Searching over 5,500,000 cases.

Buy This Entire Record For $7.95

Download the entire decision to receive the complete text, official citation,
docket number, dissents and concurrences, and footnotes for this case.

Learn more about what you receive with purchase of this case.

Devon Beaumont v. Cablevision Systems Corporation

April 9, 2012


The opinion of the court was delivered by: John Gleeson, United States District Judge:


In this action, plaintiff Devon Beaumont asserts a claim of retaliation, in violation of the Age Discrimination in Employment Act, 29 U.S.C. § 621 et seq. (the "ADEA"), the New York State Human Rights Law, N.Y. Exec. Law § 290 et seq. (the "NYSHRL"), and the New York City Human Rights Law, N.Y.C. Admin. Code, § 8-101 et seq. (the "NYCHRL"), against defendant Cablevision Systems New York City Corporation ("Cablevision").*fn1 I previously granted Cablevision's partial motion to dismiss Beaumont's other claims. After discovery, Cablevision has now moved for summary judgment on Beaumont's remaining retaliation claim. For the reasons below, the motion is granted.


A. Factual Background

Cablevision is a telecommunications, media and entertainment company. Def.'s Rule 56.1 Stmt. ¶ 10, ECF No. 34. *fn2 Cablevision employed Beaumont as a field service technician from December 29, 1999, until he was terminated on April 8, 2009. Id. ¶¶ 22, 78. Cablevision's technicians are ranked into various grades and Beaumont's highest grade was grade 12. Id. ¶ 22.

1. Beaumont's Efforts To Obtain a Promotion and Purported Complaints of Age Discrimination Sam Magliaro, Cablevision's Vice President of Field Operations in Brooklyn, New York, regularly held breakfast meetings with other Cablevision employees. Id. ¶¶ 19, 27. William Entenmann, Cablevision's Director of Administration for its Field Operations Department in Brooklyn, sometimes joined Magliaro for these meetings. Id. ¶¶ 17, 29.

Beaumont attended a breakfast meeting with Magliaro and Entenmann in the spring of 2008. Id. ¶ 31; see also Beaumont Aff. ¶ 4, ECF No. 36. Around the same time, Beaumont had applied for a promotion to a grade 14 field service technician and did not receive the promotion. Def.'s Rule 56.1 Stmt. ¶¶ 34--37. Cablevision asserts that this breakfast meeting took place before Beaumont had applied for the promotion, while Beaumont asserts he had already sought and been denied the promotion. Compare id. ¶¶ 31--34, with Beaumont Aff. ¶ 4. According to Beaumont, who was 44 years old at the time, he complained at this breakfast meeting that he was being discriminated against on the basis of age because the most recent promotions had gone to younger technicians, with less tenure and whom Beaumont had helped to train. Beaumont Aff. ¶ 5.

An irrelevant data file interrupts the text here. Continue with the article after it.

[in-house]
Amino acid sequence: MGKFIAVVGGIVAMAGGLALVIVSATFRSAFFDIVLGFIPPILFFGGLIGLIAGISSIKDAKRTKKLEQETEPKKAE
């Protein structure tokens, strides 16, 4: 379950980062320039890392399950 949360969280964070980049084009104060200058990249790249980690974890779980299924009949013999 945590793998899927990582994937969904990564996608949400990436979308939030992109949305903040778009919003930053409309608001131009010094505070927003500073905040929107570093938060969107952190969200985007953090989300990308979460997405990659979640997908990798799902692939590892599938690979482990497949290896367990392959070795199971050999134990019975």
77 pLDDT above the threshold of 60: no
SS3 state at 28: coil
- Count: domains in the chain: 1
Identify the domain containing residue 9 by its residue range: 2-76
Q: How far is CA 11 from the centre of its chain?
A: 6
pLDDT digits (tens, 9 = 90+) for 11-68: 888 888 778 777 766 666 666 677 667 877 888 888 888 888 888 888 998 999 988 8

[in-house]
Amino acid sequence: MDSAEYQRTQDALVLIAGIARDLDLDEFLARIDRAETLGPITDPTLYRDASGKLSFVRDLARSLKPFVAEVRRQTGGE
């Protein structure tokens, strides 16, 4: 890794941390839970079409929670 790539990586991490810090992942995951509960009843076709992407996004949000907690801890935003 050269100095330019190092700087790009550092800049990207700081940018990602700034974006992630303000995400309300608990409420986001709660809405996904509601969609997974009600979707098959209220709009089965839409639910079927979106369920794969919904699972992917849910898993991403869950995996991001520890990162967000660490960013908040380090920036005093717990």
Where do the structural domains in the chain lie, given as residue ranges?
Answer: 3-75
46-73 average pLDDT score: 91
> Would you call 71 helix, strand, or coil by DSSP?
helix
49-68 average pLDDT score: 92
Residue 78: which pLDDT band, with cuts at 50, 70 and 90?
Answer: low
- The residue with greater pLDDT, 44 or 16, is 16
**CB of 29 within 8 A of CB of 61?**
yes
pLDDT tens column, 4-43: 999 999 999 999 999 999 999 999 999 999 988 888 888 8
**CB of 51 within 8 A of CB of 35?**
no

Beaumont attended a second breakfast meeting in October or November 2008. Def.'s Rule 56.1 Stmt. ¶ 39; Beaumont Aff. ¶ 6. It is undisputed that by this time, his application for a promotion had been denied. According to Beaumont, he again complained about age discrimination at the second breakfast meeting. Beaumont Aff. ¶ 6. Cablevision disputes this, asserting that Beaumont never complained about age discrimination. Def.'s Rule 56.1 Stmt.

¶¶ 42--43. According to Cablevision, Beaumont merely complained that others with less tenure at the company, and whom he had trained, had received promotions instead of him. Id. ¶ 41.

In early 2009, Beaumont applied again for a promotion to grade 14. Id. ¶¶ 45--46. Beaumont did not receive a promotion and was informed of this decision on March 31, 2009. Beaumont Aff. ¶ 15; Def.'s Rule 56.1 Stmt. ¶ 48.